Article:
Arduino Nano + RN52 + TPA2016D2 Experiment

It has been over a year since I have been working on the audio things. The previous experiment, I used an amplifier called TPA2016 which can amplify an audio data from a 3.5mm headphone wire connecting a phone. However, I really wanted it to be a wireless which can send the audio data, and I finally found the one called “RN52” which is an audio bluetooth module.

RN52 Test

In the Fritzing image above, I did an initial test with this RN52 module and an 8Ω speaker ( 16Ω speaker should have been used according to the data sheet, but it is actually not big deal.) with an Arduino Nano for UART communication and as a voltage supplier from my computer which is 5V. The initial test worked perfectly and I heard sounds, but there were some problems.

  1. The sounds were NOT really amplified.
  2. It could not control a gain from your Phone.

In order to solve these problems, I decided to use an TPA2016 which is the stereo class D amplifier with a gain control. By using the amplifier, I could amplify the audio sounds to around 30 dB, and I could control the gain from my phone which means I could adjust the sound volume in my phone. The TPA2016 module could solve these problems once.

Here is the new Fritzing image.

Fortunately, RN52 had 4 pins audio outputs and TPA2016 had 4 pins audio inputs, thus by connecting between these modules, the audio data coming from RN52 as outputs is going into the TPA2016 as inputs. In this video, I am showing how to connect the Bluetooth module and your phone, and how it works.

New Bone Conduction glasses 2.1 in San Jose Mini Maker Faire

I have been thinking how I could minimize the size of my prototype and maximize the effect of it. Then, what I came up with was to make my previous bone conduction glasses to the attachable type. Fortunately, there was upcoming maker faire in 9/3/2017 after I came up with this idea so I had a chance to see people’s reactions to my new prototype.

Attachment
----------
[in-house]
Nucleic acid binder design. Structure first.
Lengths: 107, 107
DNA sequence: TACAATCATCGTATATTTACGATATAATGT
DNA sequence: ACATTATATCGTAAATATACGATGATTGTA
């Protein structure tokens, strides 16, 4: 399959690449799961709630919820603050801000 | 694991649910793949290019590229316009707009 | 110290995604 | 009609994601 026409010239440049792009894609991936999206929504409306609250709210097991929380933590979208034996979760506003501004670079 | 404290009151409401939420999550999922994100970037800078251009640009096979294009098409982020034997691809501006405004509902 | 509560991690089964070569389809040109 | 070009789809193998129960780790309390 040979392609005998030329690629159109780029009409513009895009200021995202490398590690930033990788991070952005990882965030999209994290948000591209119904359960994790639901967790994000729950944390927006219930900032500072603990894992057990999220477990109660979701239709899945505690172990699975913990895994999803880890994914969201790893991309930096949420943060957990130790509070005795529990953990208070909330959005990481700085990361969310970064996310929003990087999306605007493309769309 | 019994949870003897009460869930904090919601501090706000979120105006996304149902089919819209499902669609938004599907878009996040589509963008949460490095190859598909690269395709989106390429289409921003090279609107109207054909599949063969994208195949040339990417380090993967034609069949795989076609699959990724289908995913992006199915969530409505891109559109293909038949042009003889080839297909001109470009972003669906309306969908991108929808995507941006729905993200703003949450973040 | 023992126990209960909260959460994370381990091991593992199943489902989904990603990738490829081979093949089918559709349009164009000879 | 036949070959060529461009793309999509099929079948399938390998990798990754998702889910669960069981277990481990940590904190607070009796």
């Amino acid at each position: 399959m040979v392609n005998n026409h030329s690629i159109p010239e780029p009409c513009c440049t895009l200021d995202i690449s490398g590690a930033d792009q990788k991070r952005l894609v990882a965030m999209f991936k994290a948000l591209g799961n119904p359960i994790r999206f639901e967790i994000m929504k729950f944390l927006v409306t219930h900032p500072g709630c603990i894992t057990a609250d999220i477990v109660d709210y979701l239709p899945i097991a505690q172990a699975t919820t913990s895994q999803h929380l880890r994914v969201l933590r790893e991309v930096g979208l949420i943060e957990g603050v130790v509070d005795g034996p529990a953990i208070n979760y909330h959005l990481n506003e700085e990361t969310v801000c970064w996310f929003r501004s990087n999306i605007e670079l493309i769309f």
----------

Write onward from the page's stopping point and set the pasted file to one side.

Fusion 360

In order to make attachable device, I needed 3d printer and some skills of 3d modeling. What I have done was to attach an amplifier PCB (middle), a battery connecter (left) and 3.5 headphone jack (right) on the top side by measuring each PCBs and calculating each positions. Of course, I could not make it only once. I failed to print a couple of times, and I remeasured, recalculated, redesigned, and reprinted many times until it fitted.

On the bottom side was very simple. It just attaches a bone conduction transducer.

In this San Jose Mini Maker Faire, I exhibited two types of my prototypes which are the bone conduction glasses and attachable bone conduction device. I wanted to get any feedback from people.

Previos prototype


New prototype


My Booth

Many people came the booth I was exhibiting my bone conduction devices, and many people told me that these were awesome. Some of them who really were into these took my business card, so these reaction of people and actions really really made me happy like I was grad to make this!

Advantage and Disadvantage of the attachable bone conduction device

These are what I realized and got feedback from people during the Maker Faire.